Thursday, March 24, 2005

More on sovereignty

Who decides what is the capital of a country? You may be forgiven fo thinking it's the country itself who decides, because if you're not a Jew, you would be right.

What's my point? Apart from the principle itself? (not a minor issue, I might add).

The point is that the capital is where other countries have their embassies. Not that there are that many who have diplomatic relations with Israel (86 countries out of about 200). Of those 86, exactly 3 have their embassy in Jerusalem, one of which is the International Christian Embassy, and I have no clue who they are (but they're friends of the Jews, I know that much). The rest have their embassy in Tel-Aviv. If Israel's lucky, they may have a consulate in Jerusalem as well.

Why does Israel even allow other countries to decide where they choose to have an embassy? Countries can choose to have an ambassador in Israel, or not. Most in fact choose not to. But to allow other countries effectively to say "We think Tel-Aviv is your capital, and not any city you choose" is outrageous. Imagine saying that to Chirac, or Blair.

Why does Israel choose to swallow these insults, these breaches of sovereignty? As a matter of principle, it could deny any embassies in Tel-Aviv, and it would be in its right to do so. Of course, there would be consequences, perhaps serious ones, but currently Israel is acknowledging that these possible consequences are effective as a means of blackmail and extortion. Which means that Israeli sovereignty is an illusion.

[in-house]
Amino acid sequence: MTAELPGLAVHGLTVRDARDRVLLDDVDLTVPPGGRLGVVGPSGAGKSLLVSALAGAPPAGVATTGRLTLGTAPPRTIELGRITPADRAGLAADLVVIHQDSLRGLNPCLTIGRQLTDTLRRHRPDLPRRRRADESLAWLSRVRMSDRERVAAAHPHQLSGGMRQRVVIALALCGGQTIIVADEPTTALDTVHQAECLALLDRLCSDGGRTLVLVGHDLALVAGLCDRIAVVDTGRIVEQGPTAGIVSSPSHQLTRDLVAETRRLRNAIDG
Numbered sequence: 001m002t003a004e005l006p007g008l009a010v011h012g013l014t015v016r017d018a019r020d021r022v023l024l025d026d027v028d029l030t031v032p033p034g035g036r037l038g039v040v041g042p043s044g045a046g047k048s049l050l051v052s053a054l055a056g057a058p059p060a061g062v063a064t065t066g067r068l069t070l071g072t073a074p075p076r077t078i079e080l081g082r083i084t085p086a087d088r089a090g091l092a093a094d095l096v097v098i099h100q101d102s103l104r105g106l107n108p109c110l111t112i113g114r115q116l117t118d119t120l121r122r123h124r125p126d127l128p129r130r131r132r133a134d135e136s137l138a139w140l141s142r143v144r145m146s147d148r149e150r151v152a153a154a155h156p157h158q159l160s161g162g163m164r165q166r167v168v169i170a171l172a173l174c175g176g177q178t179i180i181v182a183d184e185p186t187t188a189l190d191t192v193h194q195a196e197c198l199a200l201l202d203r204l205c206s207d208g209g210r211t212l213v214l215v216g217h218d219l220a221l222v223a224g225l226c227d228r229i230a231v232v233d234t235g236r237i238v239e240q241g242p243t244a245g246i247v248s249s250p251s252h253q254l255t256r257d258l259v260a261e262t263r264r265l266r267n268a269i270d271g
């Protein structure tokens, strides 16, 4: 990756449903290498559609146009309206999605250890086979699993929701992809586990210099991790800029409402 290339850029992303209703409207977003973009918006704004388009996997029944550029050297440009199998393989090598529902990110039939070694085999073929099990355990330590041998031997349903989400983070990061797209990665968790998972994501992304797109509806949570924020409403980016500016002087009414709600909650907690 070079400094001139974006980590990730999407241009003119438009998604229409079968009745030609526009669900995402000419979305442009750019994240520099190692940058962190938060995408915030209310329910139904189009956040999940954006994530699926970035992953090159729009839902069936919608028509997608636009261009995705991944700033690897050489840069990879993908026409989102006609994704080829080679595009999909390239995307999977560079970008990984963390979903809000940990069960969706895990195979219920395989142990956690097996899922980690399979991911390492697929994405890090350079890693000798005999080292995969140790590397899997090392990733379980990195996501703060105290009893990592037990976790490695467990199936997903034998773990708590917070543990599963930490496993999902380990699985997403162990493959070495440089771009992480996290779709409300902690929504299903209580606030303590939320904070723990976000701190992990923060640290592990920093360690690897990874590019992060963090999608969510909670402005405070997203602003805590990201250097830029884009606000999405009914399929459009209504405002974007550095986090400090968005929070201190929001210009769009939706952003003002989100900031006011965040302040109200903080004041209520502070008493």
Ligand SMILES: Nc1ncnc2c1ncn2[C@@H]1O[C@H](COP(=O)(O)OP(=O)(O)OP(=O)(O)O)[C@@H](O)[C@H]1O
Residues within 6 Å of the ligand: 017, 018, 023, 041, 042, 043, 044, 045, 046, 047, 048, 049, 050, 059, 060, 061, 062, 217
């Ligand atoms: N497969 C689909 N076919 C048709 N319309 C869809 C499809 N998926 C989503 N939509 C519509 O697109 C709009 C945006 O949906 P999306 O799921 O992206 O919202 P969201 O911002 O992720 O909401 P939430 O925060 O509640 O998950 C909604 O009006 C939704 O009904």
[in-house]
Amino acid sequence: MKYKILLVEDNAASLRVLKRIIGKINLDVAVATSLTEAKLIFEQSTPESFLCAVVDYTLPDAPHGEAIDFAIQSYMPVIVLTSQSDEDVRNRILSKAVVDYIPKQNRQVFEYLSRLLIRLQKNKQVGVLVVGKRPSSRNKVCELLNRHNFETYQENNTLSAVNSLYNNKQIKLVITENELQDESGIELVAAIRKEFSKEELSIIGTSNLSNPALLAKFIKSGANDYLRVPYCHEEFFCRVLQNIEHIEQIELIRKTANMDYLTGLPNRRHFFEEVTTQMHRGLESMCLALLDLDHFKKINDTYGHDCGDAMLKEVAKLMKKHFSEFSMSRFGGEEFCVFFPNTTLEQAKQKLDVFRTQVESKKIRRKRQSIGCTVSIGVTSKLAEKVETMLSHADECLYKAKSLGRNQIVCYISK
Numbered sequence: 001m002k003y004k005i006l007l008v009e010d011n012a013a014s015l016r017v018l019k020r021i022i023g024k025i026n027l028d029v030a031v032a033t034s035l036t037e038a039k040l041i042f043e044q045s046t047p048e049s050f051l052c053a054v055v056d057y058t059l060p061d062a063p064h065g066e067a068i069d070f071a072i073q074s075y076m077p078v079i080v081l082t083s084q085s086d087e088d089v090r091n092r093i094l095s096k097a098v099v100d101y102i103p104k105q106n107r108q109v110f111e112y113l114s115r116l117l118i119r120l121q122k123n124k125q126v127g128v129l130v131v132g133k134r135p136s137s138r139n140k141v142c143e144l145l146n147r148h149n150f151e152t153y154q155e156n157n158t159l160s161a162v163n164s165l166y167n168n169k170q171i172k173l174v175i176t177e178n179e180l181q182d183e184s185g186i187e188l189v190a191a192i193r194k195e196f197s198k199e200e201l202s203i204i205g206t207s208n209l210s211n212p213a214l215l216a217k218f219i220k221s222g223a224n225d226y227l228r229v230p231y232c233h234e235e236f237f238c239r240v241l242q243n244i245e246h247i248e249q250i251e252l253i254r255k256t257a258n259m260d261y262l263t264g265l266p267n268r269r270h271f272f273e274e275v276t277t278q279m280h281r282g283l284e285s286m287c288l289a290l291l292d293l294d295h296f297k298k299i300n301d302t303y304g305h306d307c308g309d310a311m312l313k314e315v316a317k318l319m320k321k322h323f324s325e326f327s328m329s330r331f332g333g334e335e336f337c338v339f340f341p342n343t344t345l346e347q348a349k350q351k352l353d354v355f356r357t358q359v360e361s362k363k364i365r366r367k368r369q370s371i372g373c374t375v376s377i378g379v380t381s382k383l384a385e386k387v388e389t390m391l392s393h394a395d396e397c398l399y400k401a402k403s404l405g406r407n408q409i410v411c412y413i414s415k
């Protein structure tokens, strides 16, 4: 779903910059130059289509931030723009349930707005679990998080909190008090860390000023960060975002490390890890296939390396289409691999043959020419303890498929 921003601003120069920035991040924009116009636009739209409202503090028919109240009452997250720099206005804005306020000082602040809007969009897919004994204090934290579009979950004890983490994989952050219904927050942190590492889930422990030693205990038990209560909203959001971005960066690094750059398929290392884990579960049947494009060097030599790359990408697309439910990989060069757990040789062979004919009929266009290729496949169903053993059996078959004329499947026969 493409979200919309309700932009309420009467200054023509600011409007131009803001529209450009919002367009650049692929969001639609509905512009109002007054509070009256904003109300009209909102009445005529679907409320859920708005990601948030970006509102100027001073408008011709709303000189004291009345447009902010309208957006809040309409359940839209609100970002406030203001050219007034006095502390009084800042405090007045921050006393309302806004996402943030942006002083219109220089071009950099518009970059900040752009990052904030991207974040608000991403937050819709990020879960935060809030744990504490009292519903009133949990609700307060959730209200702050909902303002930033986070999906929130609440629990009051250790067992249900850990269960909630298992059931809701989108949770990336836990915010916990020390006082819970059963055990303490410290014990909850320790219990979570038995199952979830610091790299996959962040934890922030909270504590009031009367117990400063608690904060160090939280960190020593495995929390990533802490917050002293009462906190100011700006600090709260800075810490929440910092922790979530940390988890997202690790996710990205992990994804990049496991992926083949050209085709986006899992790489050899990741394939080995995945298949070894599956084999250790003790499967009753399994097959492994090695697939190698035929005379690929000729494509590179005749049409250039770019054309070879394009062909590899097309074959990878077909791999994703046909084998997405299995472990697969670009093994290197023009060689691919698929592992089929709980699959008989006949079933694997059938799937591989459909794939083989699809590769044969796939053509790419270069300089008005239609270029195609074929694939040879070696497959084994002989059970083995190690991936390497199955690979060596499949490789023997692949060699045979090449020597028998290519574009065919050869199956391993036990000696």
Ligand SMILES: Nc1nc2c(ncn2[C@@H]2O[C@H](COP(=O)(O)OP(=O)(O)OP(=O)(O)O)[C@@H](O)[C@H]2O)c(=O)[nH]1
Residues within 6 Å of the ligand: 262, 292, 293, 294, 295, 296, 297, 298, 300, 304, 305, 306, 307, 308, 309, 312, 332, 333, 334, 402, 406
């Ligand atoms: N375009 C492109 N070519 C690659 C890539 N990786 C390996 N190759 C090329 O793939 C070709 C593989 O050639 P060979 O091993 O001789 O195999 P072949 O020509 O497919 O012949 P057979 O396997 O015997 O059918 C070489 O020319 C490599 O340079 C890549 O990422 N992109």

Of course, Israel is not alone in caving in to external pressures. In 1995, the US actually adopted a law stating its embassy must be located in Jerusalem, which (the law also states) is the capital of Israel.
Since that time (10 years ago now) Both Clinton and Bush have on multiple occasions cited 'security concerns' as their reason to delay the relocation of their embassy.
The American government continues to fear that moving the embassy would infuriate Palestinians and other Arabs, who would see it as recognition of Israel's annexation of the eastern half of Jerusalem.
Of course the relocation would piss the Arabs off. And that's something both Jews and Americans will only do in dire need. I have some bad news for the Americans, and for the Jews waiting for them to move their embassy to the city of David: There will NEVER be a time when the Arabs will agree to this relocation. So the relocation will then never take place?

There's a word for this type of behaviour. It's called 'fear'. And it is the dominant factor in any policy where the Arabs are concerned.


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